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Maritime Forum

Map of the Week – Mean underwater depth

The Map of the Week shows the bathymetry - the average depth of the water column - in the European region.


On 8 June, people around the planet celebrated World Ocean Day. Many activities and events were organized across the world. This year’s theme for World Ocean Day is ‘The Ocean: Life and Livelihoods’. In the context of global celebrations, UNESCO’s Intergovernmental Oceanographic Commission announced the first Decade Actions officially endorsed as part of the United Nations Decade of Ocean Science for Sustainable Development, 2021-2030 (the ‘Ocean Decade’). The endorsed Decade Actions were selected for their focus on solutions and ability to accelerate the generation and uptake of ocean knowledge for sustainable development; for their use of innovative technology; for their transdisciplinary efforts to co-design solutions between scientists and users of ocean knowledge; and for their respect of inclusivity, empowering women, early-career professionals and indigenous knowledge holders across their activities. [1]

Several endorsed programmes concern the deep ocean. The deep ocean is generally defined as the depth at which light begins to dwindle, typically around 200 meters. [2] How does mean underwater depth – referred to as bathymetry - vary in the ocean and seas? This is the focus of this week’s map that shows local mean underwater depth in the European region down to an impressive nearly 6,000 m. Worldwide, the average depth of the ocean is 3,682 meters. [3] The first principle of ocean literacy points out that Earth has one big ocean with many features. Given the average depth of the ocean and the fact that the ocean covers approximately 70% of the planet’s surface, it is not surprising that most of Earth’s water (97%) is in the ocean. [4] Interestingly, the seventh principle of ocean literacy underlines that the ocean is largely unexplored. The Ocean Decade is designed to facilitate global communication and mutual learning across research and stakeholder communities. It will work to meet the needs of scientists, policy makers, industry, civil society and the wider public, but it will also support new, collaborative partnerships that can deliver more effective science-based management of our ocean space and resources. [5]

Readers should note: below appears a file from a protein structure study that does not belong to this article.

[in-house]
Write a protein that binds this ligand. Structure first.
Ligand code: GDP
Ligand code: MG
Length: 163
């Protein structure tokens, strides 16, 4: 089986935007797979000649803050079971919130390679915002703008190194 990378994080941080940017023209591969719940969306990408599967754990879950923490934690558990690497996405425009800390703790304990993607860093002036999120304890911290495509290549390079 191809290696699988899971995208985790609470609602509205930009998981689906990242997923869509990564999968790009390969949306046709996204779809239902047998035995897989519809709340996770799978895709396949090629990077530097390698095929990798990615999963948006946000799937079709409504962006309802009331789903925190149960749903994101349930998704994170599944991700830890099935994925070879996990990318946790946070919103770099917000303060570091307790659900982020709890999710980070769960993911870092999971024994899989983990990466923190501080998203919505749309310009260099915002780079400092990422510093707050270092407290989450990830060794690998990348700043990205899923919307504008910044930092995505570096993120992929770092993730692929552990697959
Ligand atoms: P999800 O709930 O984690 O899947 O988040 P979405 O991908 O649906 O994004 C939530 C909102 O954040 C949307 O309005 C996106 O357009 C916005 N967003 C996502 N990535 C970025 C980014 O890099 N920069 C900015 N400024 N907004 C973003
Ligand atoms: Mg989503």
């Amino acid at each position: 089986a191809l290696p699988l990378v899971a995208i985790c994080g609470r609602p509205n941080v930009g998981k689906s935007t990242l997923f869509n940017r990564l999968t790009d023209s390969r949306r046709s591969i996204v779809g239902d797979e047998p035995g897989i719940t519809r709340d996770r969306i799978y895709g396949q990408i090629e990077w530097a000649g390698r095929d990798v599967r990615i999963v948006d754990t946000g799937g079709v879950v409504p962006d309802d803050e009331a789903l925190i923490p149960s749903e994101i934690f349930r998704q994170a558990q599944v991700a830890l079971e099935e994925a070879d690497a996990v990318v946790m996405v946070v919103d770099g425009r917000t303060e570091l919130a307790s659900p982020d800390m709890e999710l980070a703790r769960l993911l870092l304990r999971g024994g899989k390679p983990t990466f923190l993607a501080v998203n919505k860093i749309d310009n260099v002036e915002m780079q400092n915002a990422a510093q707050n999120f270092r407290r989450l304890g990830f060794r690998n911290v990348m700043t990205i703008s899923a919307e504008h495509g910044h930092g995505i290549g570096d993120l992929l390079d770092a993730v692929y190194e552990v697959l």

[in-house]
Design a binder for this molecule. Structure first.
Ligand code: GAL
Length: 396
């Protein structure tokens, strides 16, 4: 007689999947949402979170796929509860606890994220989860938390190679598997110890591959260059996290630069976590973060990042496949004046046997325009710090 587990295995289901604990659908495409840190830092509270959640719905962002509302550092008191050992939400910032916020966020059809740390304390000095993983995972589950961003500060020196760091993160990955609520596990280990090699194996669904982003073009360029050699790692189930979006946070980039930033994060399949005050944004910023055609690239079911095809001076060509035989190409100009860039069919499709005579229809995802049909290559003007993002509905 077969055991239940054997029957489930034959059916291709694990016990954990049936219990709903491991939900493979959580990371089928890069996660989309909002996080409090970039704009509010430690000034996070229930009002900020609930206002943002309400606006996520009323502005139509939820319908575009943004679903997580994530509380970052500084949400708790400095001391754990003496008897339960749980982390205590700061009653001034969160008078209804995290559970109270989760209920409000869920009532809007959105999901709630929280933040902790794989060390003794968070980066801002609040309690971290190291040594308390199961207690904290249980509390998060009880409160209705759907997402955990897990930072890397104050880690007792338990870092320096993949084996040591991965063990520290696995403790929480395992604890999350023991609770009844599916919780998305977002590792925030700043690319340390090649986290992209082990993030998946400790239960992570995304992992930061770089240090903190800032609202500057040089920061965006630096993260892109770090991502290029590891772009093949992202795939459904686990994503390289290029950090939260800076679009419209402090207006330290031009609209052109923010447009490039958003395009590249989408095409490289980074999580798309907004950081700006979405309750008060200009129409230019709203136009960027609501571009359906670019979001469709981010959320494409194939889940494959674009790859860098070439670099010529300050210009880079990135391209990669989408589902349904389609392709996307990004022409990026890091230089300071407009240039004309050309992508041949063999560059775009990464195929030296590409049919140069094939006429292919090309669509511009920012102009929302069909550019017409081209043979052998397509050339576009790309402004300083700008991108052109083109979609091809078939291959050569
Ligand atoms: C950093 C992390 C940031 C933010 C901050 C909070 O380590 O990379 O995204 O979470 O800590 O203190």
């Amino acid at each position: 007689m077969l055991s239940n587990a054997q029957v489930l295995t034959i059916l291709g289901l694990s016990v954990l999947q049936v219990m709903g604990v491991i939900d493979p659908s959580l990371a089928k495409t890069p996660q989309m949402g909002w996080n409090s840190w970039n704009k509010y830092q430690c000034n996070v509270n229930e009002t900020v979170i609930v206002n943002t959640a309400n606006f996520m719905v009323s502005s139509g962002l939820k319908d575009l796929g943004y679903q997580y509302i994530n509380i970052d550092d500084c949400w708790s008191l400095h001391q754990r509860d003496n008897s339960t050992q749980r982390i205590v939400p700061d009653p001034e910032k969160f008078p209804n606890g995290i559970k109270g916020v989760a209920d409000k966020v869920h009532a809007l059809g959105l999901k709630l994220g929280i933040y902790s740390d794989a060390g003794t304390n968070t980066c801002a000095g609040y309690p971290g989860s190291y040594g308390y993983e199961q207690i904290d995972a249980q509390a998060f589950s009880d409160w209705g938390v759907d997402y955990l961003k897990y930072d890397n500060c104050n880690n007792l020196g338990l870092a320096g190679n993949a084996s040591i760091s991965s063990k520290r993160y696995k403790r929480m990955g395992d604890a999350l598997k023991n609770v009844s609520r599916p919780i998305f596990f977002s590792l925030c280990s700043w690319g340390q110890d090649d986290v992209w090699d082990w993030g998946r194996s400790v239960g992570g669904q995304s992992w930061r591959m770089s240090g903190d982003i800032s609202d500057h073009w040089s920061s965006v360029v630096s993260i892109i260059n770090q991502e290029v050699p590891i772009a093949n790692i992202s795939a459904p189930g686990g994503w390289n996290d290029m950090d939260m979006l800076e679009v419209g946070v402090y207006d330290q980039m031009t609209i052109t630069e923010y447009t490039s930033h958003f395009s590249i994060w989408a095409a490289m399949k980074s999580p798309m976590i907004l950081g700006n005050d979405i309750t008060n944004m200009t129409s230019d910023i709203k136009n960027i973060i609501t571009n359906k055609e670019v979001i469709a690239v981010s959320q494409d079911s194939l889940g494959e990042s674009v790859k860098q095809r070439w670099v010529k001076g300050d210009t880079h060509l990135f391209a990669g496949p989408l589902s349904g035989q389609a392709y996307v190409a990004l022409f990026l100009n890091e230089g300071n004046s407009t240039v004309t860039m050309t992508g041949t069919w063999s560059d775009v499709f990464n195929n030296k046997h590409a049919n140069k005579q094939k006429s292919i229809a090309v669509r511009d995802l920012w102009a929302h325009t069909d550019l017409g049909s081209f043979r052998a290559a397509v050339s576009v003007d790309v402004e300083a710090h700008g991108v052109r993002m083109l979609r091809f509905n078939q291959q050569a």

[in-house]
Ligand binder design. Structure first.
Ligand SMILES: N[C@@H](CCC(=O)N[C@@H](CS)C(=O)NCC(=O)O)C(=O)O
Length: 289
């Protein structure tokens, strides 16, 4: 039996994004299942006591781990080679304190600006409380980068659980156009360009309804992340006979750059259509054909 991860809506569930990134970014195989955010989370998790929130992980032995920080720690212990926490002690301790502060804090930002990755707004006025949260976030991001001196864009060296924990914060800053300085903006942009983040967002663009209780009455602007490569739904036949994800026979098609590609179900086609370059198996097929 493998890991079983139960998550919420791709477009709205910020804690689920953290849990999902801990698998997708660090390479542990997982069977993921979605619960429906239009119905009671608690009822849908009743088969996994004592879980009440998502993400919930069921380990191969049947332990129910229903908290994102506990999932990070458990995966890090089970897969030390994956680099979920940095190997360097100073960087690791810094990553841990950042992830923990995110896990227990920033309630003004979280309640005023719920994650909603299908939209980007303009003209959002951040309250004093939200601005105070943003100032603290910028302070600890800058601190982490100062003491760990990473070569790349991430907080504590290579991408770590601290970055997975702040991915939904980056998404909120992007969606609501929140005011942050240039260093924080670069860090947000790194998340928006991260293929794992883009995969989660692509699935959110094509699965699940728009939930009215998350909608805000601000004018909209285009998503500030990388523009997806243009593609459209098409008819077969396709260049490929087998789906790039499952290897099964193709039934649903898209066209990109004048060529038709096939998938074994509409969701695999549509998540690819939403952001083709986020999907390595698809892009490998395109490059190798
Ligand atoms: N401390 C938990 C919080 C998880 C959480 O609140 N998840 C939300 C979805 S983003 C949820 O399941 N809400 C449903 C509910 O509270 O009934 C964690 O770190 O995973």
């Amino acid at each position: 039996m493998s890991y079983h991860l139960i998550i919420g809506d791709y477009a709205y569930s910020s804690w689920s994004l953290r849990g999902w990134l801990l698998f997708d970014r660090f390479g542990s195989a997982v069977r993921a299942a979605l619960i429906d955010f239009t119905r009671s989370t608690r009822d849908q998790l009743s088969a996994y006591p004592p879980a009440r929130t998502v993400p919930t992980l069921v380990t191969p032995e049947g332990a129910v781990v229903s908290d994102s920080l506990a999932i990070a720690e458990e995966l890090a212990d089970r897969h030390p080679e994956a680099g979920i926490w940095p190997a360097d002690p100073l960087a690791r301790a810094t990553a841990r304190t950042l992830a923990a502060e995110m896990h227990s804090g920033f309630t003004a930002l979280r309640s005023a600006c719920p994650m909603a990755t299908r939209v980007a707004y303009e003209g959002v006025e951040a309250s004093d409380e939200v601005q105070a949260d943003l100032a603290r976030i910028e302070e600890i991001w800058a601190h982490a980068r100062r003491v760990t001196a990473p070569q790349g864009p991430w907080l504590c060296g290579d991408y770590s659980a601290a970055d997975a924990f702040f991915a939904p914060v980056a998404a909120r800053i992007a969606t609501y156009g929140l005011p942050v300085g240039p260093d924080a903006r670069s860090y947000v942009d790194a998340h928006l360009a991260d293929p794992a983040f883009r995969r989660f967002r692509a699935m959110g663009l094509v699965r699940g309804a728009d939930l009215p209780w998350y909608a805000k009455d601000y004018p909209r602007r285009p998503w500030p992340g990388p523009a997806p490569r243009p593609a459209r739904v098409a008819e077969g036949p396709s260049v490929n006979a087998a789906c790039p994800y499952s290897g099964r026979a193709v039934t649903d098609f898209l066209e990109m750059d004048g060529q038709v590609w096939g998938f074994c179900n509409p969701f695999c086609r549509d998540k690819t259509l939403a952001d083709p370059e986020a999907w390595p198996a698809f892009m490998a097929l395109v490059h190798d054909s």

The European Marine Observation and Data Network (EMODnet) is a network of organisations who work together to observe the sea, process the data according to international standards and make that information freely available as interoperable data layers and data products. Next week, from 14 to 16 June 2021, the online EMODnet Open Conference will provide a unique opportunity to bring together EMODnet partners, data providers and users from Europe and beyond, connecting across stakeholders communities to showcase current EMODnet data, data products and services, and look ahead to co-design EMODnet's next phase to 2030 and beyond. On 16 June, the online European Atlas of the Seas workshop will provide participants with the opportunity to learn about the many different aspects of the Atlas, from the story behind map layers to how the Atlas can be used in education and ocean literacy.

What can you do to better connect with the ocean and learn about the ocean, seas and coasts?

Access the map

The data in this map are provided by EMODnet.